2010 was a great year for Republicans. In November we won five Class 3 seats, plus won the vacancy left by Barack Obama to gain 6 on the Democrats. On top of that we won the special election to replace Ted Kennedy in January. The Senate thus went from a 60-40 supermajority, to a barely-functional 53-47 Democrat advantage.

When you win that many seats, it’s hard to keep them all. Let’s see if the GOP can defend its current 54-46 majority on this terrain.

I’ve prepared here a chart of the 2016 Senate landscape. It’s a big chart with a lot of numbers on it. Let me walk you through the data I’ve gathered for this.

First, I’ve looked at how these seats fared in 2004, the last Presidential year they were up, and listed the Republican lead (or deficit) in each race that year. Next, I did the same thing for the 2010 races, which allowed me to check what the “wave” differential was between 2004 and 2010. It turned out to be an average of 11.7 points, excluding anomalies*. Finally I looked at the 2012 Presidential in those states.

For most Senate seats these results all go for the same party, and those seats are generally safe. The incumbents potentially at risk despite that would be Richard Burr, Michael Bennet, John McCain, Patty Murray. I say potentially, but for Burr (NC, +12 in 2010), McCain (AZ, +24 in 2010), and Murray (WA, +4 in 2010), you’d need a really good candidate to beat them.

The only incumbent of those four who’s likely under threat is Bennet of Colorado. He beat Pete Coors by 4 points, Ken Buck by 1 point, and Obama only won the state by six. Murray is the only other non-retiring incumbent to win by single digits, but Obama won her state by 15. A good candidate is needed against Murray, but the Colorado race is competitive regardless. So that’s one vulnerable Democrat.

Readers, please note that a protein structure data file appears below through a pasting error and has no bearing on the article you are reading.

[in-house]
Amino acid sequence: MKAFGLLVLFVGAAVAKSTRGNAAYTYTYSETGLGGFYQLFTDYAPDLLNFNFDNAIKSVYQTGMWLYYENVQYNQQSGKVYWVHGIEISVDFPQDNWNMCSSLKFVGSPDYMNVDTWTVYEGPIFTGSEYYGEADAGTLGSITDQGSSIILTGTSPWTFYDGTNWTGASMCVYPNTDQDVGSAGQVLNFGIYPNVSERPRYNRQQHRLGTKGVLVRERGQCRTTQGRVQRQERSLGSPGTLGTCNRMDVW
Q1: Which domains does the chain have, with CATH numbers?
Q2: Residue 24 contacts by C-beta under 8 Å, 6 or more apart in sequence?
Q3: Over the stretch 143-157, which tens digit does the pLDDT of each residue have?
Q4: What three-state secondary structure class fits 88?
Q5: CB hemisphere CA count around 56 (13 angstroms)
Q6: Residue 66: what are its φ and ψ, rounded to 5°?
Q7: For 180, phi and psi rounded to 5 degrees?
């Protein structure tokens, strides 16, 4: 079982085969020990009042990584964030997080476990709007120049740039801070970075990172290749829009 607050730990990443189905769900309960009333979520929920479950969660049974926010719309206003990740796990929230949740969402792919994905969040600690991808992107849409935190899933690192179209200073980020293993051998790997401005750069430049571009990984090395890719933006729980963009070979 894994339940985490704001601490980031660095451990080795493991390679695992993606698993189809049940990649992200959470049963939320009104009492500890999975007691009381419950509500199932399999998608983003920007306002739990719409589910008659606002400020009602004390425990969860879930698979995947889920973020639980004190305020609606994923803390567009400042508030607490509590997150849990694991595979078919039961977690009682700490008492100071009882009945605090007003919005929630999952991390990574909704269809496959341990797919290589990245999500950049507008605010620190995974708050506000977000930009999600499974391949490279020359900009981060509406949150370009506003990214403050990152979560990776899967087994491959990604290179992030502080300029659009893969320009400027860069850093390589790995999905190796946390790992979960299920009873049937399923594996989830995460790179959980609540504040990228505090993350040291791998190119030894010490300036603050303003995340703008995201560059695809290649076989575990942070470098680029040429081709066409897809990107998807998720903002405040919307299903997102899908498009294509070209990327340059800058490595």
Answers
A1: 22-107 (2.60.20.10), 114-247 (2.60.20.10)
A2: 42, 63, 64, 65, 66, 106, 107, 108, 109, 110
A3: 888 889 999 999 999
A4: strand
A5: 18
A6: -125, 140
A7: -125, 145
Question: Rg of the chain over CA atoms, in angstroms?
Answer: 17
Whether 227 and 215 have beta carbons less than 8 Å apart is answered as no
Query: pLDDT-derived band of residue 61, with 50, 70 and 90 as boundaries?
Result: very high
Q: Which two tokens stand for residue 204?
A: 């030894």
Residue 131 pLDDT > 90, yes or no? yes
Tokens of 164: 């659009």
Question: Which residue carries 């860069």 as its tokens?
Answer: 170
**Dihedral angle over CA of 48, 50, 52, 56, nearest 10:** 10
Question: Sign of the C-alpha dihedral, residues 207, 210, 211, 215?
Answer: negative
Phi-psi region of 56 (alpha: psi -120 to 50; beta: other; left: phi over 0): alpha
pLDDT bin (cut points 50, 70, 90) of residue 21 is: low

As for open seats, Florida (Marco Rubio retiring) and Nevada (Harry Reid retiring) are big fights coming, one held by each party. I don’t see California, Indiana, Louisiana, or Maryland being big threats to switch, though bad candidates for either party can change that. I say the open seats are likely to net no partisan change.

And that’s where the GOP’s good news ends. The following Republicans won by the average 2010 wave or less: Mark Kirk (IL, +2), Pat Toomey (PA, +2), Ron Johnson (WI, +5).

On top of that, Kelly Ayotte did win by 23, after Judd Gregg won by 32 in 2004, but Obama won New Hampshire by 9. Ayotte could lose, as New Hampshire throws out incumbents all the time. Rob Portman won by 18 after George Voinovich won by 28, but we’ve lost the last two Presidential races in Ohio. Portman could lose, but at least he’s an incumbent. That’s five vulnerable GOP incumbents.

If we take every seat not listed above as a hold, Republicans start with a 46-43 advantage. Add in the seats I think are fairly safe (Burr, McCain, Murray), and the GOP starts up 48-44. That means of the 8 remaining seats, the GOP must win 2 for a tie, and 3 to retain the majority. Two of those are probably gone (IL, WI), so realistically the GOP needs to win three out of six.

It’s early, and the results of the primaries (including the Presidential) can change everything in a moment. If Donald Trump wins all bets are off, and bad nominees or scandals can throw away solid seats for either party. But assuming no nationwide catastrophes for either party, and the close ones going evenly, I expect the GOP is set to retain a bare 51-49 advantage in the next Congress.

Get out there and vote though. The primaries matter.

* I excluded Alaska from this calculation due to the sour grapes run by Lisa Murkowski, as well Idaho and South Dakota because Mike Crapo and John Thune ran unopposed in 2004 and 2010 respectively. The ‘wave’ swings in these races are too contaminated by those special factors, to be useful for us here.